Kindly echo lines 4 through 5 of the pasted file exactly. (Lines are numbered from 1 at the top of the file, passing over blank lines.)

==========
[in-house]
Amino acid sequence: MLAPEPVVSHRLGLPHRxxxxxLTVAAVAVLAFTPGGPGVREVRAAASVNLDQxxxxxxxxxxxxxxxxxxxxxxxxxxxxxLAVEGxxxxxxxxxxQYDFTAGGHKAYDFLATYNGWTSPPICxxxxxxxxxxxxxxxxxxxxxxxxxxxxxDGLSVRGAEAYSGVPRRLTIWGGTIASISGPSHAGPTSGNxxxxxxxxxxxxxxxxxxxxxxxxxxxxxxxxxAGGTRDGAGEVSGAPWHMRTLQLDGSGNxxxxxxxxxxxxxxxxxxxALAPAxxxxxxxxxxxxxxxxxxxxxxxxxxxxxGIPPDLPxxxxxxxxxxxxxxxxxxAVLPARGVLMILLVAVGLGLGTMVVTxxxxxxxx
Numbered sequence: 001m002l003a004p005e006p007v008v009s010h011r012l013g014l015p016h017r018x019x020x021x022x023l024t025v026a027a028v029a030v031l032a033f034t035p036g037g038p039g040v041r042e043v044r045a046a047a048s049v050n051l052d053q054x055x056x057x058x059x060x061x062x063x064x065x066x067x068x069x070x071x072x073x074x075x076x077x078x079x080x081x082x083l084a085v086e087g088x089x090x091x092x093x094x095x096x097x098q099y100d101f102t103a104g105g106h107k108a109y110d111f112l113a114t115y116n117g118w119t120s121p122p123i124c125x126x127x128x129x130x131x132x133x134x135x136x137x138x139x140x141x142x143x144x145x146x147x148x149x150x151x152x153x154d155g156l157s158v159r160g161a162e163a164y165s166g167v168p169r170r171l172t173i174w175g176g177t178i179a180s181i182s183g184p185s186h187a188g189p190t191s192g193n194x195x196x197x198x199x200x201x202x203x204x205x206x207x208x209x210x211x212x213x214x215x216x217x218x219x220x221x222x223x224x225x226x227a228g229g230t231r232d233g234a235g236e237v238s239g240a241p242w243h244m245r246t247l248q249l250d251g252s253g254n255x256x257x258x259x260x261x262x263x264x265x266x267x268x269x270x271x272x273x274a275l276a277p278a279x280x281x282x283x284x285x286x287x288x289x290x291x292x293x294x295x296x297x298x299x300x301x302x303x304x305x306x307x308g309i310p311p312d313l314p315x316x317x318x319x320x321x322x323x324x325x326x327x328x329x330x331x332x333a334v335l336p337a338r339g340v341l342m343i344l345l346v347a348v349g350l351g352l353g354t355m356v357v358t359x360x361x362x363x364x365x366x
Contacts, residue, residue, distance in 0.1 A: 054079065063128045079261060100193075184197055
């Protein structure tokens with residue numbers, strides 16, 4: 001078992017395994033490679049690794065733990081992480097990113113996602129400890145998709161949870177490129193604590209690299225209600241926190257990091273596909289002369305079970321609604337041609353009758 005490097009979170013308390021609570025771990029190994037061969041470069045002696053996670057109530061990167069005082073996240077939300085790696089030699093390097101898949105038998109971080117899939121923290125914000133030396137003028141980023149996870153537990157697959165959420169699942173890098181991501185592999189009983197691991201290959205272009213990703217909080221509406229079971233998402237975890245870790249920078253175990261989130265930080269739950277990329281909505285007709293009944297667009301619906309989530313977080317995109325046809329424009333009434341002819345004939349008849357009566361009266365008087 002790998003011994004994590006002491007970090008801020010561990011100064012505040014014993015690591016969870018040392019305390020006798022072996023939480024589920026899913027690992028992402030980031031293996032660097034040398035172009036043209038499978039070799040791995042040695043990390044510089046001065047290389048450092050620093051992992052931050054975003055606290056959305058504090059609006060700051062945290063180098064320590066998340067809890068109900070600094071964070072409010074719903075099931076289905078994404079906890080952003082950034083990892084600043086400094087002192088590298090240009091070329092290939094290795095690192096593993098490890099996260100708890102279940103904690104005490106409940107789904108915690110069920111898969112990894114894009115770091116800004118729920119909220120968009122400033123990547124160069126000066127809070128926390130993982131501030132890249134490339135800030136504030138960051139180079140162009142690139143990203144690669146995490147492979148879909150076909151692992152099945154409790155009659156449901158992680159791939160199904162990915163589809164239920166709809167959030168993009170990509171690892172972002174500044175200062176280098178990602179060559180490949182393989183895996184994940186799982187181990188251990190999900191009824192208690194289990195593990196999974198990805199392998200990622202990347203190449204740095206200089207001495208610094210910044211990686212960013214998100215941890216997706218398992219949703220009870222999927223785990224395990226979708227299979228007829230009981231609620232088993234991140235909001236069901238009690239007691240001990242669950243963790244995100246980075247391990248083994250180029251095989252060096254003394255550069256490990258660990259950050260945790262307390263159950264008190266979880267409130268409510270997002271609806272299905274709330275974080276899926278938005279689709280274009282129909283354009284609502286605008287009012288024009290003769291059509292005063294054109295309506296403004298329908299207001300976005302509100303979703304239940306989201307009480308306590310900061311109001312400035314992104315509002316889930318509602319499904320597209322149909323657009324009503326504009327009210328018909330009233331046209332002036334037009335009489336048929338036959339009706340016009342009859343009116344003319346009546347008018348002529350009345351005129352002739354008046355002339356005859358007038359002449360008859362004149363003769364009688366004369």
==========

Contacts, residue, residue, distance in 0.1 A: 054079065063128045079261060100193075184197055
């Protein structure tokens with residue numbers, strides 16, 4: 001078992017395994033490679049690794065733990081992480097990113113996602129400890145998709161949870177490129193604590209690299225209600241926190257990091273596909289002369305079970321609604337041609353009758 005490097009979170013308390021609570025771990029190994037061969041470069045002696053996670057109530061990167069005082073996240077939300085790696089030699093390097101898949105038998109971080117899939121923290125914000133030396137003028141980023149996870153537990157697959165959420169699942173890098181991501185592999189009983197691991201290959205272009213990703217909080221509406229079971233998402237975890245870790249920078253175990261989130265930080269739950277990329281909505285007709293009944297667009301619906309989530313977080317995109325046809329424009333009434341002819345004939349008849357009566361009266365008087 002790998003011994004994590006002491007970090008801020010561990011100064012505040014014993015690591016969870018040392019305390020006798022072996023939480024589920026899913027690992028992402030980031031293996032660097034040398035172009036043209038499978039070799040791995042040695043990390044510089046001065047290389048450092050620093051992992052931050054975003055606290056959305058504090059609006060700051062945290063180098064320590066998340067809890068109900070600094071964070072409010074719903075099931076289905078994404079906890080952003082950034083990892084600043086400094087002192088590298090240009091070329092290939094290795095690192096593993098490890099996260100708890102279940103904690104005490106409940107789904108915690110069920111898969112990894114894009115770091116800004118729920119909220120968009122400033123990547124160069126000066127809070128926390130993982131501030132890249134490339135800030136504030138960051139180079140162009142690139143990203144690669146995490147492979148879909150076909151692992152099945154409790155009659156449901158992680159791939160199904162990915163589809164239920166709809167959030168993009170990509171690892172972002174500044175200062176280098178990602179060559180490949182393989183895996184994940186799982187181990188251990190999900191009824192208690194289990195593990196999974198990805199392998200990622202990347203190449204740095206200089207001495208610094210910044211990686212960013214998100215941890216997706218398992219949703220009870222999927223785990224395990226979708227299979228007829230009981231609620232088993234991140235909001236069901238009690239007691240001990242669950243963790244995100246980075247391990248083994250180029251095989252060096254003394255550069256490990258660990259950050260945790262307390263159950264008190266979880267409130268409510270997002271609806272299905274709330275974080276899926278938005279689709280274009282129909283354009284609502286605008287009012288024009290003769291059509292005063294054109295309506296403004298329908299207001300976005302509100303979703304239940306989201307009480308306590310900061311109001312400035314992104315509002316889930318509602319499904320597209322149909323657009324009503326504009327009210328018909330009233331046209332002036334037009335009489336048929338036959339009706340016009342009859343009116344003319346009546347008018348002529350009345351005129352002739354008046355002339356005859358007038359002449360008859362004149363003769364009688366004369």